A memorable scene in Joseph Heller’s Catch-22 (1961) is Yossarian’s romance with Nurse Duckett, which is followed immediately by death when McNutt’s plane flies too close to the wooden raft on which Kid Sampson is standing. The first is lively and vital and satiric, and the second benefits from the gruesome contrast—the idyll of love followed by the bizarre gruesomeness of a horrible death.
Much in this novel is slapstick and vaudevillian. A good example is the scene in which the three officers interrogate cadet Clevinger. The dialogue could easily be that of a vaudeville comedy act from the 1920s or 30s, and it reminded me of the famous Abbott and Costello “Who’s on First” routine—nonsensical and hilarious. This novel contains more self-contained hilarious one-liners than any book I can think of. They sometimes overwhelm the narrative.
One might argue that Catch-22 is a moral indictment of war. I regard it as an amoral indictment. Yossarian is the heart and conscience of the book. He is outraged by the death and carnage of war, especially by the deaths of men in his unit caused by corruption of the military bureaucracy or the incompetence of senior officers or simply bad luck. But he is also afraid to die, and this fear drives him more strongly than any other motive. It explains why, in a scene late in the novel, he joins in a plot hatched by Colonels Cathcart and Corn to send him back home to the states if he will simply agree to “like” them. He later rescinds this agreement, in part out of concern for the other men in his unit, but it is nonetheless an example of the subversively amoral undertones of the novel.
There is not much plot here. What plot there is concerns Yossarian’s desire to survive the war, with corollary threads concerning Nately’s whore and her attempts to kill Yossarian, his half-memories of Snowden mortally wounded in the plane, his various stints in the hospital tent.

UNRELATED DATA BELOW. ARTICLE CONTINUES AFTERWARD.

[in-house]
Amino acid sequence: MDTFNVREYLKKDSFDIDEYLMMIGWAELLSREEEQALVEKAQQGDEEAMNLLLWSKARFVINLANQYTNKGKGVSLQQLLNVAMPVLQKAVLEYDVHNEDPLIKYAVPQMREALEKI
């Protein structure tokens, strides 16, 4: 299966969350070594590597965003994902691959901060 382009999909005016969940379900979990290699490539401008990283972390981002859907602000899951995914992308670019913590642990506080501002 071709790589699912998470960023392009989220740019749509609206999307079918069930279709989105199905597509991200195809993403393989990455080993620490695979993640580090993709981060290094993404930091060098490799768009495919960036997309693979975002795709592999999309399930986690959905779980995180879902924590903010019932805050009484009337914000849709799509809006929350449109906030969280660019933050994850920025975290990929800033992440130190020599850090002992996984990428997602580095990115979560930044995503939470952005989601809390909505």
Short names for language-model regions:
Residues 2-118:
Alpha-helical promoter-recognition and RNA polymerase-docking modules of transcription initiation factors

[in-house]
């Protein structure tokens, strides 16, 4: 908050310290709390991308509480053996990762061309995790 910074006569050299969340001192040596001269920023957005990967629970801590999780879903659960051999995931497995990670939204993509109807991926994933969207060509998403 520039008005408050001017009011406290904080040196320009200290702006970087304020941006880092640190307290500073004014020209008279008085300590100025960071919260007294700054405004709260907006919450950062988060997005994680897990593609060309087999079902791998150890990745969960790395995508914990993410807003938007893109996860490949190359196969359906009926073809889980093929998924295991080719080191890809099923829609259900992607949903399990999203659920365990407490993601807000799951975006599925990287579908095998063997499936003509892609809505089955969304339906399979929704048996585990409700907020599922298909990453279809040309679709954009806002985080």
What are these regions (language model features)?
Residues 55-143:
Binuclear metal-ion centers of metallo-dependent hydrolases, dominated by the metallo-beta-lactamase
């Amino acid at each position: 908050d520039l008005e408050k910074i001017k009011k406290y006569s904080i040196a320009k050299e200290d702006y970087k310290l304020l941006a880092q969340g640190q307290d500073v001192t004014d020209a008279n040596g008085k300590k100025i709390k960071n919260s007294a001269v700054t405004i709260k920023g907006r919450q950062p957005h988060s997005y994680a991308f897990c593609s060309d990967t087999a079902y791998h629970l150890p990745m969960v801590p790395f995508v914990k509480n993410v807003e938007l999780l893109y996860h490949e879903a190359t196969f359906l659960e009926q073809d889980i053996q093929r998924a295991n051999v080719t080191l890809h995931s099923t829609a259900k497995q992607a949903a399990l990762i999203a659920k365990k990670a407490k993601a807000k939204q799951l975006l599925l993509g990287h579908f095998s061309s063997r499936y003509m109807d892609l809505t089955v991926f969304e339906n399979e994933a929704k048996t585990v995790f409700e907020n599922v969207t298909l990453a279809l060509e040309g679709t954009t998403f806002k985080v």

War in Catch-22 is a capitalistic enterprise. The growing conglomerate that Milo Minderbinder builds after he is appointed to kitchen duty is the primary vehicle through which Heller develops this idea. “What’s good for the syndicate is good for the country.” This notion leads Minderbinder to sell the morphine in the first-aid kits used to treat wounded soldiers, to bomb his own squadron headquarters, to feed chocolate-coated cotton to the soldiers, to enter into business agreements with the enemy, and so on. The enterprise is the nation, but more than that, the enterprise is the institution, the bureaucratic organism that consumes every individual. Catch-22 is about that organism, which feeds on the corruption and self-interest of all characters, including Yossarian himself.
In some ways the novel may be dated, especially in its treatment of women. In others it remains vital and pertinent. In the later chapters, especially after the death of Yossarian’s friend Nately, the novel becomes increasingly dark and hallucinatory. Some of the scenes, especially those in which Yossarian searches for the young sister of Nately’s whore, in which he discovers that Minderbinder’s men have driven all the whores away, in which he experiences one horrific vision after another, is like a journey through hell. It doesn’t approach the gruesomeness of the scene in the plane with Snowden, which Yossarian manages to avoid through most of the novel.
The novel’s pessimism is summed up in this realization: “He felt goose pimples clacking all over him as he gazed down despondently at the grim secret Snowden had spilled all over the messy floor. It was easy to read the message in his entrails. Man was matter, that was Snowden's secret. Drop him out a window and he'll fall. Set fire to him and he'll burn. Bury him and he'll rot, like other kinds of garbage. The spirit gone, man is garbage. That was Snowden's secret. Ripeness was all.”